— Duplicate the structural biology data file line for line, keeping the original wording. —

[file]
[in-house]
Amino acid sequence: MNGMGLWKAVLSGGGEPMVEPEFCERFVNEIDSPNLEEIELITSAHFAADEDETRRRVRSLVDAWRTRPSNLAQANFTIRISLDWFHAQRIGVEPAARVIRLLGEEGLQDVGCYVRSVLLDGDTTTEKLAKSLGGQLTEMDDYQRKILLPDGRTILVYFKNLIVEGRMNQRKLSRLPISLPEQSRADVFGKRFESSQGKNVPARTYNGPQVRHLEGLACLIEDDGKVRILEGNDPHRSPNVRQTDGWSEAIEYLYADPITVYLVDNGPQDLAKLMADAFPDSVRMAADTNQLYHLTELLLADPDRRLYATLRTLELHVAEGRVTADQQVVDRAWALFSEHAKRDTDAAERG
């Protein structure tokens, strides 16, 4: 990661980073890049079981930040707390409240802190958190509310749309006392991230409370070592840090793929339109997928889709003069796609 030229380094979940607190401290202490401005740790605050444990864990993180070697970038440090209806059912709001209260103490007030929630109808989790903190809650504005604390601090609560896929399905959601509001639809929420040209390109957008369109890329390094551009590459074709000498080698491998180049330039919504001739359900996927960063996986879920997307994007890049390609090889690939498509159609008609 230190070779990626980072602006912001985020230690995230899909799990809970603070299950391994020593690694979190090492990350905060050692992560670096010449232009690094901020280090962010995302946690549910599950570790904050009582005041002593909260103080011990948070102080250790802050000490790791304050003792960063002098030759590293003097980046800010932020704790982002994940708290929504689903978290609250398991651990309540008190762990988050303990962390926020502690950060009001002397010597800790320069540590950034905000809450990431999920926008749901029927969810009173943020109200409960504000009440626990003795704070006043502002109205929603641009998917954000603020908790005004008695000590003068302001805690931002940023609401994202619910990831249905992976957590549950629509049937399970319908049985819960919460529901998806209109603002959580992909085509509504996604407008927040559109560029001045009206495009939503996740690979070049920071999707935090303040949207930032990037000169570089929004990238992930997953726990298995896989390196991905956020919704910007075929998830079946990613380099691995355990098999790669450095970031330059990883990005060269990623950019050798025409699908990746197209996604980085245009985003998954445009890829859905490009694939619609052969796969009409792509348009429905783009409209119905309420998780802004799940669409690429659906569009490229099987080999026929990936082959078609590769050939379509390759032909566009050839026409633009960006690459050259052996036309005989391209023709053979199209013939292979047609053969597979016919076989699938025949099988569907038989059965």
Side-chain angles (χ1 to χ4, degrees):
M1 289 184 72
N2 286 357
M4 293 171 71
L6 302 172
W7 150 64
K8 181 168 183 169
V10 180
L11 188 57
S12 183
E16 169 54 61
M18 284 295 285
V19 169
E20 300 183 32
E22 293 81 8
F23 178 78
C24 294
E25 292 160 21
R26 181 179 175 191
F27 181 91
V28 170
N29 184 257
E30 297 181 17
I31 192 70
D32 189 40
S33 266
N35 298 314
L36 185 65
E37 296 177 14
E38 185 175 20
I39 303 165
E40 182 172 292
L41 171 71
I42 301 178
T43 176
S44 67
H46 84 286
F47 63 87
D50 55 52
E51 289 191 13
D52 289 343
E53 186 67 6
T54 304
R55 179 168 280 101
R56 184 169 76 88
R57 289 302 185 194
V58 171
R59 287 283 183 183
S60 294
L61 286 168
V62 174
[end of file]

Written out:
[in-house]
Amino acid sequence: MNGMGLWKAVLSGGGEPMVEPEFCERFVNEIDSPNLEEIELITSAHFAADEDETRRRVRSLVDAWRTRPSNLAQANFTIRISLDWFHAQRIGVEPAARVIRLLGEEGLQDVGCYVRSVLLDGDTTTEKLAKSLGGQLTEMDDYQRKILLPDGRTILVYFKNLIVEGRMNQRKLSRLPISLPEQSRADVFGKRFESSQGKNVPARTYNGPQVRHLEGLACLIEDDGKVRILEGNDPHRSPNVRQTDGWSEAIEYLYADPITVYLVDNGPQDLAKLMADAFPDSVRMAADTNQLYHLTELLLADPDRRLYATLRTLELHVAEGRVTADQQVVDRAWALFSEHAKRDTDAAERG
């Protein structure tokens, strides 16, 4: 990661980073890049079981930040707390409240802190958190509310749309006392991230409370070592840090793929339109997928889709003069796609 030229380094979940607190401290202490401005740790605050444990864990993180070697970038440090209806059912709001209260103490007030929630109808989790903190809650504005604390601090609560896929399905959601509001639809929420040209390109957008369109890329390094551009590459074709000498080698491998180049330039919504001739359900996927960063996986879920997307994007890049390609090889690939498509159609008609 230190070779990626980072602006912001985020230690995230899909799990809970603070299950391994020593690694979190090492990350905060050692992560670096010449232009690094901020280090962010995302946690549910599950570790904050009582005041002593909260103080011990948070102080250790802050000490790791304050003792960063002098030759590293003097980046800010932020704790982002994940708290929504689903978290609250398991651990309540008190762990988050303990962390926020502690950060009001002397010597800790320069540590950034905000809450990431999920926008749901029927969810009173943020109200409960504000009440626990003795704070006043502002109205929603641009998917954000603020908790005004008695000590003068302001805690931002940023609401994202619910990831249905992976957590549950629509049937399970319908049985819960919460529901998806209109603002959580992909085509509504996604407008927040559109560029001045009206495009939503996740690979070049920071999707935090303040949207930032990037000169570089929004990238992930997953726990298995896989390196991905956020919704910007075929998830079946990613380099691995355990098999790669450095970031330059990883990005060269990623950019050798025409699908990746197209996604980085245009985003998954445009890829859905490009694939619609052969796969009409792509348009429905783009409209119905309420998780802004799940669409690429659906569009490229099987080999026929990936082959078609590769050939379509390759032909566009050839026409633009960006690459050259052996036309005989391209023709053979199209013939292979047609053969597979016919076989699938025949099988569907038989059965």
Side-chain angles (χ1 to χ4, degrees):
M1 289 184 72
N2 286 357
M4 293 171 71
L6 302 172
W7 150 64
K8 181 168 183 169
V10 180
L11 188 57
S12 183
E16 169 54 61
M18 284 295 285
V19 169
E20 300 183 32
E22 293 81 8
F23 178 78
C24 294
E25 292 160 21
R26 181 179 175 191
F27 181 91
V28 170
N29 184 257
E30 297 181 17
I31 192 70
D32 189 40
S33 266
N35 298 314
L36 185 65
E37 296 177 14
E38 185 175 20
I39 303 165
E40 182 172 292
L41 171 71
I42 301 178
T43 176
S44 67
H46 84 286
F47 63 87
D50 55 52
E51 289 191 13
D52 289 343
E53 186 67 6
T54 304
R55 179 168 280 101
R56 184 169 76 88
R57 289 302 185 194
V58 171
R59 287 283 183 183
S60 294
L61 286 168
V62 174